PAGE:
Re: closure threading issues

> hey owen, havoc, sebastian, kenelson,
> with the recent addition of g_signal_newc() that internally creates
> a closure, we can theoretically have objects that don't live under
> a common global lock (like for instance Gtk ones) sharing a closure.
> closures themselves provide no extra guarding code wrg thread safety,
> and i'd rather leave it at that, since in general clashes here
> shouldn't occour and locks would prolly just slow down things
> (and the closure code is sufficiently complex already).

In other words you are aiming for STL like thread protection.
Under STL global shared resources are internally protected (like
the main type hash table), but all visible types must have 
an associated external lock.  That means if two threads are
working on a list, they must have a lock shared between them
to prevent overlapping accesses.
> however, as mentioned above, that requires users to access objects
> of the same class only from within a single common lock, and as
> we move away from gtk/gdk objects, i'm not sure that requirement
> holds true anymore.
> we'll have to choose either of:
> 1) the user has to provide threading guards at least per-class
>    that he uses objects off (i think that will break at pure
>    G_TYPE_OBJECT level already)
> 2) users will definitely use objects of the same class from
>    different threads (that's what applies to G_TYPE_OBJECT already
>    though we could make that an ugly exception with some closure
>    hacks)
> i guess the outcome of this is (2) and that in turns requires proper
> gclosure.c locking that i don't feel overly comfortable with.
> usign one global closure lock is prone to cause a lot of runtime
> collisions, hurting performance, while using per-closure locks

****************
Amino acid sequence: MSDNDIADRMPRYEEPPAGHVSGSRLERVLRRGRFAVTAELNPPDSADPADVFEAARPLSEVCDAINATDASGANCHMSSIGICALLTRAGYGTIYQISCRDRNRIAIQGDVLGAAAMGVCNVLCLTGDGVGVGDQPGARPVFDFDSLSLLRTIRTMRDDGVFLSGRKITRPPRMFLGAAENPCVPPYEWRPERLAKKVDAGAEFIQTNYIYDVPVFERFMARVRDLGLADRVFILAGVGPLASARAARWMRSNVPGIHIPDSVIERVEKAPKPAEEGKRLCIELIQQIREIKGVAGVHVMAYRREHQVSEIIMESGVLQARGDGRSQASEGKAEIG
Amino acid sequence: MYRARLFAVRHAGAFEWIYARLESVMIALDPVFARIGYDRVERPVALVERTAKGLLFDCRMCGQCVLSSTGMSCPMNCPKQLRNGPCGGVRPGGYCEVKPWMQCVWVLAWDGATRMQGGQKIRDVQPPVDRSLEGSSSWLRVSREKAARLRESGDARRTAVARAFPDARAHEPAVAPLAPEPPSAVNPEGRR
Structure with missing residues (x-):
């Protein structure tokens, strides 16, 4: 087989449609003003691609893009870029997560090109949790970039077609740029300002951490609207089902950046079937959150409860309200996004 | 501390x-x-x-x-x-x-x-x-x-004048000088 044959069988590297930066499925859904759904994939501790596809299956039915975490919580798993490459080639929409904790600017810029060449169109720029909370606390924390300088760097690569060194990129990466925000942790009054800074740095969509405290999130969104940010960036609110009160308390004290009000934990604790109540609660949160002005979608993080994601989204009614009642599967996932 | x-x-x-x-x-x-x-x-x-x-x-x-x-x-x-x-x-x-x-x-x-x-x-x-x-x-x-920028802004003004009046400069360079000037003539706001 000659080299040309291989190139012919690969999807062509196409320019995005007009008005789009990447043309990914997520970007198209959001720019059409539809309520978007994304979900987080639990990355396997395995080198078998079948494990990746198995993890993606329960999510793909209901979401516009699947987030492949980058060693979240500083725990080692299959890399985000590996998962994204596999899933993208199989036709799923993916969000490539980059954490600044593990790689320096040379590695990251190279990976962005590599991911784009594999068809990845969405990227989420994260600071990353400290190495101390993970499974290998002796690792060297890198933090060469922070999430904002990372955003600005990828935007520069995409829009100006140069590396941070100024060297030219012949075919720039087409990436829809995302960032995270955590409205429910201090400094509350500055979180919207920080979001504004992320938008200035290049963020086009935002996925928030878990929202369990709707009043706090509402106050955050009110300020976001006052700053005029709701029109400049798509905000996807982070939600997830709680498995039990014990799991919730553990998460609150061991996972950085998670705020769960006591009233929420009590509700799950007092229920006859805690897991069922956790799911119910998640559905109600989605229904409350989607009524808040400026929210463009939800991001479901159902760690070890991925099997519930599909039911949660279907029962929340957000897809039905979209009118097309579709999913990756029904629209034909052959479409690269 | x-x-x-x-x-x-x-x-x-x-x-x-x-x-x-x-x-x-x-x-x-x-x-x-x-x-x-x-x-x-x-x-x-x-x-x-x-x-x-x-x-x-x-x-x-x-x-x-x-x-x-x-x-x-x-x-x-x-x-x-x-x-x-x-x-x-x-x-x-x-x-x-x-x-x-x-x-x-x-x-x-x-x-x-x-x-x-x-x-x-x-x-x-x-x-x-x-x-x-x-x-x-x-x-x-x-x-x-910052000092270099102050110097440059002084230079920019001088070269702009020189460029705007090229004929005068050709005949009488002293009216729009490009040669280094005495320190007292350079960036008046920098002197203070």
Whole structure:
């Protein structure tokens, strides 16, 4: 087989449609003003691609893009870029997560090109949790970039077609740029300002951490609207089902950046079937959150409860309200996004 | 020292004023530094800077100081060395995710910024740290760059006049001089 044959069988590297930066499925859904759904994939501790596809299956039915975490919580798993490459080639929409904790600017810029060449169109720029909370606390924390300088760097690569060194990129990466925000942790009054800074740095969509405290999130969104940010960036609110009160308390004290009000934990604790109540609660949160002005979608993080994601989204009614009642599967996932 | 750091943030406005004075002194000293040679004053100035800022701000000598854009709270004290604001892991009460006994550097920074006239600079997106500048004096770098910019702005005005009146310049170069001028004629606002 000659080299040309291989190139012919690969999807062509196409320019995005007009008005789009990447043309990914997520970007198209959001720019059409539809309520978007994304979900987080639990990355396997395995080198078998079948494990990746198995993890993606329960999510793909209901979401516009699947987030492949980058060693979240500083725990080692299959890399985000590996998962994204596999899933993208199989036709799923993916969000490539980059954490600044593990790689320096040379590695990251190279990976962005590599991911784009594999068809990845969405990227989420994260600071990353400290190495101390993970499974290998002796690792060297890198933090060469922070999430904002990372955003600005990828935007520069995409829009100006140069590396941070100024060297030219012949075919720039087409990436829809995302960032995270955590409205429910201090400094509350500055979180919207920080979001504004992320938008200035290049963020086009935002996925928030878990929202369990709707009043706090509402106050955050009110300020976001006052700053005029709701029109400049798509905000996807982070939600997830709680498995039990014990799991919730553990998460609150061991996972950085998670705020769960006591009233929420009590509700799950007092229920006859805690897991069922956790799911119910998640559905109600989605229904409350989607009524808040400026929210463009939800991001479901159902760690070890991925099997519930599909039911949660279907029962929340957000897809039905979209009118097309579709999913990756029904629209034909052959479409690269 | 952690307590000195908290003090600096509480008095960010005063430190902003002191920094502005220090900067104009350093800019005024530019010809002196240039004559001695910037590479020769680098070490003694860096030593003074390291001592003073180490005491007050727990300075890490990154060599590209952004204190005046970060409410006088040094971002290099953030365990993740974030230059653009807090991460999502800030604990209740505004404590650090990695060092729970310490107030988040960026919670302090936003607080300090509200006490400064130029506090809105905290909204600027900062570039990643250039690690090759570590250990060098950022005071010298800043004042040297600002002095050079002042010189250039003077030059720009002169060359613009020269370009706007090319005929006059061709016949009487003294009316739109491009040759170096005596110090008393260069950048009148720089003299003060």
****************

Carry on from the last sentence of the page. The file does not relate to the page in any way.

> will considerably bloat memory.

I am currently about this same point in libsigc++.  But as I
am only beginning work on it I can't be all that much help.
Per closure locks are definitely a pain and the performance lose
likely doesn't justify it.  

My current working solution is to use atomics on linux for the 
reference counters.  This unfortunately rules out packed 
ints.  Thus switching to atomics will increase the memory size
of the closures as the bit flags and the up/down fields must 
be separated.  Additionally, I have list operations, but as these
only happen on connection and disconnection I can afford to 
use one global hidden internal lock to protect them.  Also
there is no user supplied procedures in this so I can keep the
locks for the entire operation without chopping things up too
much on the locking.  For machines without atomics, I plan to
use spinlocks and barring that mutexes.  

Unfortunately, gtk+ has global lists of emissions which must
be maintained on an emit.  This means thread locks internally or
a global lock of the closure system is required.  (I avoided this
in libsigc++ because I have no global resources).  That means I can't
do an emission stop without specifying the signal.  And shared closure or 
signal under libsigc++ will need to have its own extern lock, or
use of an locking adaptor.  (A closure which points to another closure
which assures locking.)


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